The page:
Tai chi offers gentle exercise, stretching
Bill Wilkes found tai chi to be so beneficial to his health, he decided to pass along what he has learned. Every week now he teaches a class at the YMCA and another at Cross and Crown Lutheran Church. Three years ago, as a volunteer math tutor, Bill found it difficult to climb the stairs at Poynor Adult Education Center due to osteoarthritis in his knees. He found a tai chi class for arthritis at the McLeod Fitness Center and became hooked on this graceful form of exercise. His walking and knee problems greatly improved.
Bill started his own class, he said, because he loves to teach and because he wanted to “pay it forward.” According to the Mayo Clinic’s website, tai chi is a noncompetitive, self-paced system of gentle physical exercise and stretching. Originally developed for self-defense, this ancient Chinese tradition has evolved into a graceful form of exercise that’s now used for stress reduction and a variety of other health conditions.
Often described as meditation in motion, tai chi promotes serenity through gentle, flowing movements performed in a slow, focused manner and accompanied by deep breathing. Each posture flows into the next without pause so the body is in constant motion. In May of 2014, Bill began teaching tai chi for health classes at the Y and at Cross and Crown. He describes tai chi as mobile meditation, explaining that the moves are “fairly precisely choreographed. “There is a right way to do the movements, but no wrong way.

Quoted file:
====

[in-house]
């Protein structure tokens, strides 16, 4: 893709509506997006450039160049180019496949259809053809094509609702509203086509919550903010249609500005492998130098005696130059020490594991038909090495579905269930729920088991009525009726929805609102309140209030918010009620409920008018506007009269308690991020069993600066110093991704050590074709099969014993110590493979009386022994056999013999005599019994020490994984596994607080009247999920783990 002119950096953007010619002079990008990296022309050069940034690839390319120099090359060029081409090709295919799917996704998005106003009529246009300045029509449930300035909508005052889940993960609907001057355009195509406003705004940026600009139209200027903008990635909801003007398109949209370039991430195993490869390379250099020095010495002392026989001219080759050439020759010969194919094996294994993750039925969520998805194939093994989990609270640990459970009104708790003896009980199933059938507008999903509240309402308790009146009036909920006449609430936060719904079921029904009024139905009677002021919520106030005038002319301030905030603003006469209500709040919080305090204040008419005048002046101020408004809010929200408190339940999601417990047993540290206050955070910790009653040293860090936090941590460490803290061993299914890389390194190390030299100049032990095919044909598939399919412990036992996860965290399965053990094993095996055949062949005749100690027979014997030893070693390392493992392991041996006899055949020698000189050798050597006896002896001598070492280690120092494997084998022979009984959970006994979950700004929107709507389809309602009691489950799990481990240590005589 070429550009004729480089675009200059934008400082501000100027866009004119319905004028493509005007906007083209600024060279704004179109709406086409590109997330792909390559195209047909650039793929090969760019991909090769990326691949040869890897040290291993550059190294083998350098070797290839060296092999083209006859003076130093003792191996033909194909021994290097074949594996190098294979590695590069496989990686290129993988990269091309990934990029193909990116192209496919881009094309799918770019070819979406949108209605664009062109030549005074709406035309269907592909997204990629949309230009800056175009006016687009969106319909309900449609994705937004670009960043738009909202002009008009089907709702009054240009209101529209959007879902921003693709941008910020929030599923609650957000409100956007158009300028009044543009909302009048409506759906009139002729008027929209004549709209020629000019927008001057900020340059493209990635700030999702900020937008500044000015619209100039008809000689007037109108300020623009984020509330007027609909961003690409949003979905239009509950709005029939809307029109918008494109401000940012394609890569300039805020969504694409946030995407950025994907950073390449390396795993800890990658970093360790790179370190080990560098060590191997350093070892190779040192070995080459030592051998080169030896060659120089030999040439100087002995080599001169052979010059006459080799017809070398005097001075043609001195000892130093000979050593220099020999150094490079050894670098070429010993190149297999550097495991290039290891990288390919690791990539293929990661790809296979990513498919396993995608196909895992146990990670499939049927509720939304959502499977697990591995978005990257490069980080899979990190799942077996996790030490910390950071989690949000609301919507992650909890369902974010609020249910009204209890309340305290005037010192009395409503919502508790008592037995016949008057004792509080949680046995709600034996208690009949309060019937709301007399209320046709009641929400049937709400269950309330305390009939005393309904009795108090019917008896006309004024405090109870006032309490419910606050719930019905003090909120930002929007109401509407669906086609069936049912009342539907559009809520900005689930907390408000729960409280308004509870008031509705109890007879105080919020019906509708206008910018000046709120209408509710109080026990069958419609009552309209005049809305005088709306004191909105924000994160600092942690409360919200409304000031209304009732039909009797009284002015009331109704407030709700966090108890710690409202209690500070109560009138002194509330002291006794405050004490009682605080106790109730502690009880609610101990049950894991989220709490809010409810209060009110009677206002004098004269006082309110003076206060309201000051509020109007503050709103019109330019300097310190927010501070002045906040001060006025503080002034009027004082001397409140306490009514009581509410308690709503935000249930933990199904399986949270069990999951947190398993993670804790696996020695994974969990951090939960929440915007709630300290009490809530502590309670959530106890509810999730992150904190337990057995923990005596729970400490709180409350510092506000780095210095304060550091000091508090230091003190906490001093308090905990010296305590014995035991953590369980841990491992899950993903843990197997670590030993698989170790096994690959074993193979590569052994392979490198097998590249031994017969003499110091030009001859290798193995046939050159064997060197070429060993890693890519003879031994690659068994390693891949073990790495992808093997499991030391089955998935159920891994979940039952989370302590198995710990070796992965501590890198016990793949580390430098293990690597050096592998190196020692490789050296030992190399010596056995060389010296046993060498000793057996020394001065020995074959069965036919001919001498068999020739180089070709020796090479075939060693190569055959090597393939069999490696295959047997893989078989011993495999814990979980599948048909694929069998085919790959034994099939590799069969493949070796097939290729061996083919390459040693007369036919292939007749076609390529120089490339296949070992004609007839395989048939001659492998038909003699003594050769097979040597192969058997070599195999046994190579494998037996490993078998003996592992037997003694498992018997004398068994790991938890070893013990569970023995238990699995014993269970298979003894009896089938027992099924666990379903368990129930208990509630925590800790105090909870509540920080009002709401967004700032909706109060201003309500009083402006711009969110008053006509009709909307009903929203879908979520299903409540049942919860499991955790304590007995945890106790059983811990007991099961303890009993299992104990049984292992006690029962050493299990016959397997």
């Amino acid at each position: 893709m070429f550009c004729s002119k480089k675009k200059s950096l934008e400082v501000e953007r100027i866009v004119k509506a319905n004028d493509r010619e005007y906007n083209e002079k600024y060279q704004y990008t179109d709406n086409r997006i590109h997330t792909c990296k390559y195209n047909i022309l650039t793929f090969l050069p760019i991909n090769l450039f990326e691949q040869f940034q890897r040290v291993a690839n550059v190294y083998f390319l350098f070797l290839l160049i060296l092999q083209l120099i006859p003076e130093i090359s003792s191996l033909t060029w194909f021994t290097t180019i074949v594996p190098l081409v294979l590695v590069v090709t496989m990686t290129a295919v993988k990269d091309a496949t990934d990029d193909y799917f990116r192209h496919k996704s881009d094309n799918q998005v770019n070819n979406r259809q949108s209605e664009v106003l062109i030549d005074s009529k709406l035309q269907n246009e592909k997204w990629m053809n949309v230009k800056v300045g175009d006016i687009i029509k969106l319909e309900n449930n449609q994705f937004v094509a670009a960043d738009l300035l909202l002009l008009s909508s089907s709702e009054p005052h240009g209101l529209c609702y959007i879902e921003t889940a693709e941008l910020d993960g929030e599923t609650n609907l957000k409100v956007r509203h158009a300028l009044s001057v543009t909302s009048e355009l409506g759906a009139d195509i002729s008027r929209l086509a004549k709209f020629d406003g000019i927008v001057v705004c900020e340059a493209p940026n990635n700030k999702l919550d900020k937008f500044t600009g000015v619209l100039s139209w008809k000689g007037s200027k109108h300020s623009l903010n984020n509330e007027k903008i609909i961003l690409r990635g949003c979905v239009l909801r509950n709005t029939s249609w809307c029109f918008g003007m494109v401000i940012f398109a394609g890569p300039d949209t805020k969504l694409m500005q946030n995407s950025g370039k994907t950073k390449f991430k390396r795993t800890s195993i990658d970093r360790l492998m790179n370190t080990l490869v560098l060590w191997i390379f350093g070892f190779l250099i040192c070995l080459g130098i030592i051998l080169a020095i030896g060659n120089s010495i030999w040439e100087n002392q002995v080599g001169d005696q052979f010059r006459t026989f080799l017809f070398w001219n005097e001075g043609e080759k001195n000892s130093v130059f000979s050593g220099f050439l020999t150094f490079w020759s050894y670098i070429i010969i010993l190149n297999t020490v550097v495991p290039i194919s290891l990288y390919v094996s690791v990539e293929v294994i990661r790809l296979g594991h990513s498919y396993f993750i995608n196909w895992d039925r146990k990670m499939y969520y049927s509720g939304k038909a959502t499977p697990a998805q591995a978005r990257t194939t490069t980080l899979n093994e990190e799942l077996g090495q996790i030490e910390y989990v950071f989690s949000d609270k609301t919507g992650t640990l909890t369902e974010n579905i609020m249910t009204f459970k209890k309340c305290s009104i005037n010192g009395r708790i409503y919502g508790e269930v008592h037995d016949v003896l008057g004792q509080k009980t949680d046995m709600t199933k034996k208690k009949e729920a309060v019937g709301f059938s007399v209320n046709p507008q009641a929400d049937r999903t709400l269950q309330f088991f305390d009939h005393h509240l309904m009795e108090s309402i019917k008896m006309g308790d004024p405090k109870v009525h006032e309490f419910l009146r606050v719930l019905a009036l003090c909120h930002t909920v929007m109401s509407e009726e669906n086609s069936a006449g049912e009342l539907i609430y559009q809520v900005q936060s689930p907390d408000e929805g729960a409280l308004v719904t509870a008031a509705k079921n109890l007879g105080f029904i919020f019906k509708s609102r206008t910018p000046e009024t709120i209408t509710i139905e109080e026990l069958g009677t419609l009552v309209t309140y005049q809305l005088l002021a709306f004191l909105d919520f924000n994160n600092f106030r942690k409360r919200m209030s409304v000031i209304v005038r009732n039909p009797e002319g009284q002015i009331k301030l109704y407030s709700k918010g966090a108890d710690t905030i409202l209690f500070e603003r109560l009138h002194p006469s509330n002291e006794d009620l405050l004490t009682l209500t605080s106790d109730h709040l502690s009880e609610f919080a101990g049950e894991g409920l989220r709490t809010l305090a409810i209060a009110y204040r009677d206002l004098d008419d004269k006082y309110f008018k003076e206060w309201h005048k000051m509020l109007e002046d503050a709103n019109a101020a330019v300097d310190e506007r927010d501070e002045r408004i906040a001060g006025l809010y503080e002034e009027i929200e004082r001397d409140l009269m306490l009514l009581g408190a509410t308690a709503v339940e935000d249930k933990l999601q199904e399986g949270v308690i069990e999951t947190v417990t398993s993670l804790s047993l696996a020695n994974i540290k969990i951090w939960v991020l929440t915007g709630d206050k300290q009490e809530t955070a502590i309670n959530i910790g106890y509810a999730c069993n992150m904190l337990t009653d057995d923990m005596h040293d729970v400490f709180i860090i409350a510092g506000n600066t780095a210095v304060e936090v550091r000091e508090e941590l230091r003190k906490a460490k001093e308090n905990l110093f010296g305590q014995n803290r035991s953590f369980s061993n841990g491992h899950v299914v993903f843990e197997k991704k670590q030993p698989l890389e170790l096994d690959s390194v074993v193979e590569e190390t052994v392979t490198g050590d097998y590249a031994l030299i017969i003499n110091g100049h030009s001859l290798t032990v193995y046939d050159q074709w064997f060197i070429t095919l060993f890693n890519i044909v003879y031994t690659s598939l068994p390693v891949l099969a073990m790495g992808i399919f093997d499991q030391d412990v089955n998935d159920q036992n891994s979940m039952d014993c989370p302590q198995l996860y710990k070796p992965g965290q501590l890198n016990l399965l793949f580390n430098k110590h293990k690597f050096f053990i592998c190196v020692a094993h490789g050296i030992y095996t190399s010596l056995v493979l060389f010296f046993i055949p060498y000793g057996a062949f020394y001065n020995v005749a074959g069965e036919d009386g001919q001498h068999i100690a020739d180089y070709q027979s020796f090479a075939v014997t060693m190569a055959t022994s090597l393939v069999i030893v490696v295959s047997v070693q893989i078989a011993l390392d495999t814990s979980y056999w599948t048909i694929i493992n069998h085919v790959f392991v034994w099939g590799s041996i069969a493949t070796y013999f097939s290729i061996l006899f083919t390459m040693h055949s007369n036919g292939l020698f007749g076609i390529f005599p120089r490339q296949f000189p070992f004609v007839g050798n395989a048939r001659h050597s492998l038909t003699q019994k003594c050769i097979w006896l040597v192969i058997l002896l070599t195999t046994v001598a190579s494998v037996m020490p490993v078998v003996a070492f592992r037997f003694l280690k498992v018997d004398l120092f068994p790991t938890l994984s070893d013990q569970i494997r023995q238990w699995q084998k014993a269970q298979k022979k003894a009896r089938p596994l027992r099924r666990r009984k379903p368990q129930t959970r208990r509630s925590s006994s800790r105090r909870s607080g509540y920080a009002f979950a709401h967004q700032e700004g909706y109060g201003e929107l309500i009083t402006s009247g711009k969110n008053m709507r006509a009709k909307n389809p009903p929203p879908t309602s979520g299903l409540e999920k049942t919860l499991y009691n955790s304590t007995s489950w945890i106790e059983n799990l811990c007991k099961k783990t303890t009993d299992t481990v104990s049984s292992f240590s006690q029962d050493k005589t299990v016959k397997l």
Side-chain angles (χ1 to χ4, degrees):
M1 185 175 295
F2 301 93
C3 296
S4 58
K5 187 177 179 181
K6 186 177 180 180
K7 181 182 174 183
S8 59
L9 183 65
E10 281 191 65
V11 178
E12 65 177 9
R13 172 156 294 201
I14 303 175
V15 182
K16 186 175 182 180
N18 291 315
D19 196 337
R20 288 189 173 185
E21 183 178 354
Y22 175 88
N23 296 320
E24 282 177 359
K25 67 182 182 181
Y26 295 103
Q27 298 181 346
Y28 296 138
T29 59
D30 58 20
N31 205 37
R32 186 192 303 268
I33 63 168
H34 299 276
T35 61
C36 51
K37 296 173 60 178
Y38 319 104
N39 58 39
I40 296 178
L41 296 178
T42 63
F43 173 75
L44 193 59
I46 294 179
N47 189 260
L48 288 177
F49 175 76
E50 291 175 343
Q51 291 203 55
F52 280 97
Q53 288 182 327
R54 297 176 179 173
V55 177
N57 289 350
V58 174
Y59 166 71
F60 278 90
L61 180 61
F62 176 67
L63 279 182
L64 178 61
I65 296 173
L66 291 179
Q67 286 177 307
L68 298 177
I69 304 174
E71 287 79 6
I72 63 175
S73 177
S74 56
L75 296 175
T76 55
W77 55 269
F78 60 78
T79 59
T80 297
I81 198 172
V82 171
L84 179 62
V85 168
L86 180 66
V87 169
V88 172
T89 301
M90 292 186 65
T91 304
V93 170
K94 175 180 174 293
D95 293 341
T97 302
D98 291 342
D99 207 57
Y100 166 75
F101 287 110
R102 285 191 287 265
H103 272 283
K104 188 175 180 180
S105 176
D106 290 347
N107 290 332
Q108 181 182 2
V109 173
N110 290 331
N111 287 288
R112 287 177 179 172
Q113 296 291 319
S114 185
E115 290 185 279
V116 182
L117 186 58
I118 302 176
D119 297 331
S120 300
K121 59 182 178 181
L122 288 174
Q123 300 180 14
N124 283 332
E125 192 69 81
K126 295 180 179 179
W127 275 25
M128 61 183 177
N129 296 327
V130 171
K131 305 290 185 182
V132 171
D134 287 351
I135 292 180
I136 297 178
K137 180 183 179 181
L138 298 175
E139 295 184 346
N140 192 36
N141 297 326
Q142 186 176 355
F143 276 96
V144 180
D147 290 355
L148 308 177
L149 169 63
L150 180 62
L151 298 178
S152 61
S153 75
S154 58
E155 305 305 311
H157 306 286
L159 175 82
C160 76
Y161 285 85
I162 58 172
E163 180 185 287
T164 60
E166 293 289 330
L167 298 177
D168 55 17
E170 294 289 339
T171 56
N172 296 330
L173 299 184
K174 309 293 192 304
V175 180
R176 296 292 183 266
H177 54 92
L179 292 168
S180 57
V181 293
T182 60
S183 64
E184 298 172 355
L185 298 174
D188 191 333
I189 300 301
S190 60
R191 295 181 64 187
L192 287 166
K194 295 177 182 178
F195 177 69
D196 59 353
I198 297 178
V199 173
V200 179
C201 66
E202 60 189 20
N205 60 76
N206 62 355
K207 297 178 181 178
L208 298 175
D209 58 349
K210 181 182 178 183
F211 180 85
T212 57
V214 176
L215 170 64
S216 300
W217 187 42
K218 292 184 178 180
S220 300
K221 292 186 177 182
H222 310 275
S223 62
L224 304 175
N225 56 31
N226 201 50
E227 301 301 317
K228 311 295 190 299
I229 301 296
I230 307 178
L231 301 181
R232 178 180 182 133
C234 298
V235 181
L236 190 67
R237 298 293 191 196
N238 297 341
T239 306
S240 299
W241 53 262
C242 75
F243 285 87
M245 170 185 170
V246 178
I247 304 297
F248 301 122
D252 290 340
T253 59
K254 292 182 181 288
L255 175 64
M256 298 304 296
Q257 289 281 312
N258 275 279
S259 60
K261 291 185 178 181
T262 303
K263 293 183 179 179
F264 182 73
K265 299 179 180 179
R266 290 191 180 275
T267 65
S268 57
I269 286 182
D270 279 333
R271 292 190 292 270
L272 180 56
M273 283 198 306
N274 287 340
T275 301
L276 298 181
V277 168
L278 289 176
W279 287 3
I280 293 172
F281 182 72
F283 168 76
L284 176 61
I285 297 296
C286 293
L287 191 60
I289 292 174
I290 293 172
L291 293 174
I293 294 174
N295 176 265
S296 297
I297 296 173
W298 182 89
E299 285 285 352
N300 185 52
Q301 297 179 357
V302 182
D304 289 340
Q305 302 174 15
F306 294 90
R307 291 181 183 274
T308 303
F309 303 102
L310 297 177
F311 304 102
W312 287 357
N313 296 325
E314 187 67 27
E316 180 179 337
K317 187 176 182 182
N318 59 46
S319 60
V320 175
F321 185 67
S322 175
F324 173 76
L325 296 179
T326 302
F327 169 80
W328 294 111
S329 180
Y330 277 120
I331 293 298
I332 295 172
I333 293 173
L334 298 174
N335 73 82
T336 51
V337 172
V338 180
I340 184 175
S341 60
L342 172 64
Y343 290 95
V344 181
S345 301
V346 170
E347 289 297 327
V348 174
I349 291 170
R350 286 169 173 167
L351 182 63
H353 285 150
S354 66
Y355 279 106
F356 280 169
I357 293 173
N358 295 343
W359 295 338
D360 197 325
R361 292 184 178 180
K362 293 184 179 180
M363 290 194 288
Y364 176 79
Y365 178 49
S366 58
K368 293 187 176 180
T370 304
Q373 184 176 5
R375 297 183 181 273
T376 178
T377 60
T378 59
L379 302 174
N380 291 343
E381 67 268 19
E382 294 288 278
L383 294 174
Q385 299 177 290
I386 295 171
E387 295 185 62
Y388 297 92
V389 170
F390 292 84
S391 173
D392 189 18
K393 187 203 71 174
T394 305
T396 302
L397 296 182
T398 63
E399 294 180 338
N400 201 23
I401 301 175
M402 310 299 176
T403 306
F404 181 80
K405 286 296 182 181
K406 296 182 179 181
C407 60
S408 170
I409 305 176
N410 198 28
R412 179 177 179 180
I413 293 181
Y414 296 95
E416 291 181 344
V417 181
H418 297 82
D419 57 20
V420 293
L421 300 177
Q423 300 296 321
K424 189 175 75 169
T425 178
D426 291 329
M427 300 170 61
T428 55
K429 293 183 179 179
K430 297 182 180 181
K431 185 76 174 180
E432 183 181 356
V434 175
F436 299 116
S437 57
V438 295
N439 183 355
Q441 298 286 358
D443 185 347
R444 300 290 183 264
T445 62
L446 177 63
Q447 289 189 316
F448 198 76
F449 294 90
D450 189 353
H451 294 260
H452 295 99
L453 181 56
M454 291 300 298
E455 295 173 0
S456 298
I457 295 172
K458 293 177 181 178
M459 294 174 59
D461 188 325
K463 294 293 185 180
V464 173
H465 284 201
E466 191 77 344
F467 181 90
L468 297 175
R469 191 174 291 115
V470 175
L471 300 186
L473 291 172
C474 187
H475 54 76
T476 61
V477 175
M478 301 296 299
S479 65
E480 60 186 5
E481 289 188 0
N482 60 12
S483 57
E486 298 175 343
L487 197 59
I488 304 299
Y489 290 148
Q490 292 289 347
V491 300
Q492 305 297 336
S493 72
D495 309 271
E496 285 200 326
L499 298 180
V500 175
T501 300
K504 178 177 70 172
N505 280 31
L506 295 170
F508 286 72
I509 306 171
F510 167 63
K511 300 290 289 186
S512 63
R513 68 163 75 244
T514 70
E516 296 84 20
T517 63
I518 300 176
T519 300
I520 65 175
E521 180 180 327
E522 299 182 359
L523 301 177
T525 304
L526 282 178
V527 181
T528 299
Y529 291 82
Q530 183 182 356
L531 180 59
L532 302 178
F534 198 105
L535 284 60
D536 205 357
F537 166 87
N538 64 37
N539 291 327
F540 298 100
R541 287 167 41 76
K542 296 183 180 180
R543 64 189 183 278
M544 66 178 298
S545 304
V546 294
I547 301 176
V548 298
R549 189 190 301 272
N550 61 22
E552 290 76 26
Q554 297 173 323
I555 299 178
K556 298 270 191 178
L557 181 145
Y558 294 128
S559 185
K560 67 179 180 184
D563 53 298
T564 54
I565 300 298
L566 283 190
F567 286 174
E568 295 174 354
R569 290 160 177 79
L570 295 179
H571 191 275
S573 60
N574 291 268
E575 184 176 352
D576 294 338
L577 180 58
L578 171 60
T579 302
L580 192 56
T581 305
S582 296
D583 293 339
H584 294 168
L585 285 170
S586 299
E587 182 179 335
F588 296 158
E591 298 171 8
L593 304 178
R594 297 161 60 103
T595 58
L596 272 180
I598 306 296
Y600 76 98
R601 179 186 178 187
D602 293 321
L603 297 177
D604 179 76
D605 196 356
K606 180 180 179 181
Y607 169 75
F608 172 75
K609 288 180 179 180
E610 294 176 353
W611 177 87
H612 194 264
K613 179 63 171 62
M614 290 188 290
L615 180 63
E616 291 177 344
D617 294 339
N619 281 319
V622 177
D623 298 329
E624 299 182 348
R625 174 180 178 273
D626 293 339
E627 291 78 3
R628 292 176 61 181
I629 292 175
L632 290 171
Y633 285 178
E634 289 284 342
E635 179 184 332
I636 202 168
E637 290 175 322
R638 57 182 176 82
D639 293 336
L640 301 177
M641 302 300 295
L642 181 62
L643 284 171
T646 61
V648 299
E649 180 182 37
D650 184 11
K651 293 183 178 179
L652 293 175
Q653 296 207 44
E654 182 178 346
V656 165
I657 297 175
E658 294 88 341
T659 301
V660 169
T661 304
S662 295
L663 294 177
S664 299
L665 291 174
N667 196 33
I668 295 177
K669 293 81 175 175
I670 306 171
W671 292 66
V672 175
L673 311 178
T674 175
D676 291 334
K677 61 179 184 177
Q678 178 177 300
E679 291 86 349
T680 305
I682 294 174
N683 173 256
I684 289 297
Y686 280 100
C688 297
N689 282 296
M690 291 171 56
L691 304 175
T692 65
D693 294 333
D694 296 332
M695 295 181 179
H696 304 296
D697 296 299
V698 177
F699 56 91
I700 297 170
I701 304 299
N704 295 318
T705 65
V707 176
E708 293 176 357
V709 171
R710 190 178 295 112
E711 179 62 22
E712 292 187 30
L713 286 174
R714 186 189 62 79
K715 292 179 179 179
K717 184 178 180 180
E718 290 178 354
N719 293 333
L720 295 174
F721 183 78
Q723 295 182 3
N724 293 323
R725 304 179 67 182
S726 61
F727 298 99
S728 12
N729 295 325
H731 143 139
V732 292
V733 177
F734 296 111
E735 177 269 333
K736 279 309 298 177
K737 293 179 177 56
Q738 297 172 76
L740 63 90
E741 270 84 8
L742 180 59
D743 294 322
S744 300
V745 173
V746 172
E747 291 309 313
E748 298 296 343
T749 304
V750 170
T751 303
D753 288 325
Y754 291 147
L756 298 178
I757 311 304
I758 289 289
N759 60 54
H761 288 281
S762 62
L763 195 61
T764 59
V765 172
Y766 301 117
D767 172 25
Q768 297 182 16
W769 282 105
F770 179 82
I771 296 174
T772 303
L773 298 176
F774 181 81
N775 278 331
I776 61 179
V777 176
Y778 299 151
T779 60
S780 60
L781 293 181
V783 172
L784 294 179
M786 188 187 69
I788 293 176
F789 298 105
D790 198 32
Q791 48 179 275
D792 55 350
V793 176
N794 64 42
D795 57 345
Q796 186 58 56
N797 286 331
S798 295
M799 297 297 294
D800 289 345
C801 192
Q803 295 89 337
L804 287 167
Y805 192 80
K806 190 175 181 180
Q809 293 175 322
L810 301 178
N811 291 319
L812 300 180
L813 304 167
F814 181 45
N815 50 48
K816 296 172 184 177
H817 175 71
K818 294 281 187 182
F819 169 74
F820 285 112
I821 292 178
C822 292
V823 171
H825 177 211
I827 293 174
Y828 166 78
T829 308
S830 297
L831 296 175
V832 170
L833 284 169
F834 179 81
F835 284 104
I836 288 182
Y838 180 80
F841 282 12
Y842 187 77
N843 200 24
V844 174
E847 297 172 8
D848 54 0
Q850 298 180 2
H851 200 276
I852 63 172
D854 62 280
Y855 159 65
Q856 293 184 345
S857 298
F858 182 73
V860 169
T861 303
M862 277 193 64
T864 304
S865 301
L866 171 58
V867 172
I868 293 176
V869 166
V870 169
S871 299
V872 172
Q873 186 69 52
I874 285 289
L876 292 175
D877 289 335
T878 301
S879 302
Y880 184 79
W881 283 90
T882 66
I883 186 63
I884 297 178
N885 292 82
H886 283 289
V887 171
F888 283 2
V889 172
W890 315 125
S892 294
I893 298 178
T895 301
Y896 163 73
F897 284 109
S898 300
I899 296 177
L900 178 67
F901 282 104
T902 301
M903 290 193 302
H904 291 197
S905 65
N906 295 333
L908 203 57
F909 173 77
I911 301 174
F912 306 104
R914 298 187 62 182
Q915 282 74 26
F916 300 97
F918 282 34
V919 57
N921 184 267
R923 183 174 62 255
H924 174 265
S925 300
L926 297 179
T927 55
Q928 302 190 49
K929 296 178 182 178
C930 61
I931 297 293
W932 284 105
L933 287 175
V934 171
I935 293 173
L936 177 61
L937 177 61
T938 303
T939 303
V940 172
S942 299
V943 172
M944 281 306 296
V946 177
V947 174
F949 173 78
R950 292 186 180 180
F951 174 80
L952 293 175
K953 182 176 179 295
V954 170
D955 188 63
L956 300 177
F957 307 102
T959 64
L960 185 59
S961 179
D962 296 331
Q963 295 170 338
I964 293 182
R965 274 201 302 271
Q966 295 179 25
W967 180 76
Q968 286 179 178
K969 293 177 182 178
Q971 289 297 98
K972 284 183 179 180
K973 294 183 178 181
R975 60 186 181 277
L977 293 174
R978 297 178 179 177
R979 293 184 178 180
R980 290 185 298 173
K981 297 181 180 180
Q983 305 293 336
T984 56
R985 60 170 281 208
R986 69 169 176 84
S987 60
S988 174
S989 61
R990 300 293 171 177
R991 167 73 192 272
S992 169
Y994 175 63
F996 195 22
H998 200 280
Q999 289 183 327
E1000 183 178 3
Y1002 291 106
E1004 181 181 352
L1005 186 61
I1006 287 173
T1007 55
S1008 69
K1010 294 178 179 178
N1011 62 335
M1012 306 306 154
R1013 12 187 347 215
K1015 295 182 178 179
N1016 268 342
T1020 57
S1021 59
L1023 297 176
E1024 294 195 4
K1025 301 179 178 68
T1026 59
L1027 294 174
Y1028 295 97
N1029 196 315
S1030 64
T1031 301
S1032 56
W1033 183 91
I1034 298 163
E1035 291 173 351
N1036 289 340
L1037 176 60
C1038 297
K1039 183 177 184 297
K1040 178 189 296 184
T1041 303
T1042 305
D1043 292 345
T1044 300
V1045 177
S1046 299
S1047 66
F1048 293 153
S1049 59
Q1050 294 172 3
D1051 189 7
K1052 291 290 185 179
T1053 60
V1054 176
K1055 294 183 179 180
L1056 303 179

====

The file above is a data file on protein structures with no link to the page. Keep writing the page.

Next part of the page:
You take the moves taught and adopt them to your own body style, mold them to your own capability,” he explained. Cara Murphy started Bill’s tai chi class at the Y out of curiosity and she is still there. “I really enjoy it,” she said. “It is so relaxing. It relaxes not just your body, but your mind,” commented student Jonnie Britton. At the Y, Bill teaches a style of tai chi called Wan 24 which features 24 forms. This class is offered on Wednesdays at 2:30 p.m. to Y members only.
The class at Cross and Crown is offered on Tuesday evenings from 7 to 8 p.m. It is open to the community and participants pay a $10 fee per class. In this class Bill teaches Sun 73 which includes 73 forms. All the forms are progressive, Bill, noted, explaining that students in each class learn a movement, practice it and move on to another. Because the movements are progressive, it would be difficult for students to follow if they did not start when the class began, Bill said.
If there is interest, he will consider starting a new class in January. Tai chi puts minimal stress on muscles and joints, making it generally safe for all ages and fitness levels. Because is it a low impact exercise, it may be especially suitable to older adults who otherwise may not exercise. Anyone interested in finding out more about the tai chi classes, may contact Bill at 843-662-7124 or 843-230-1546.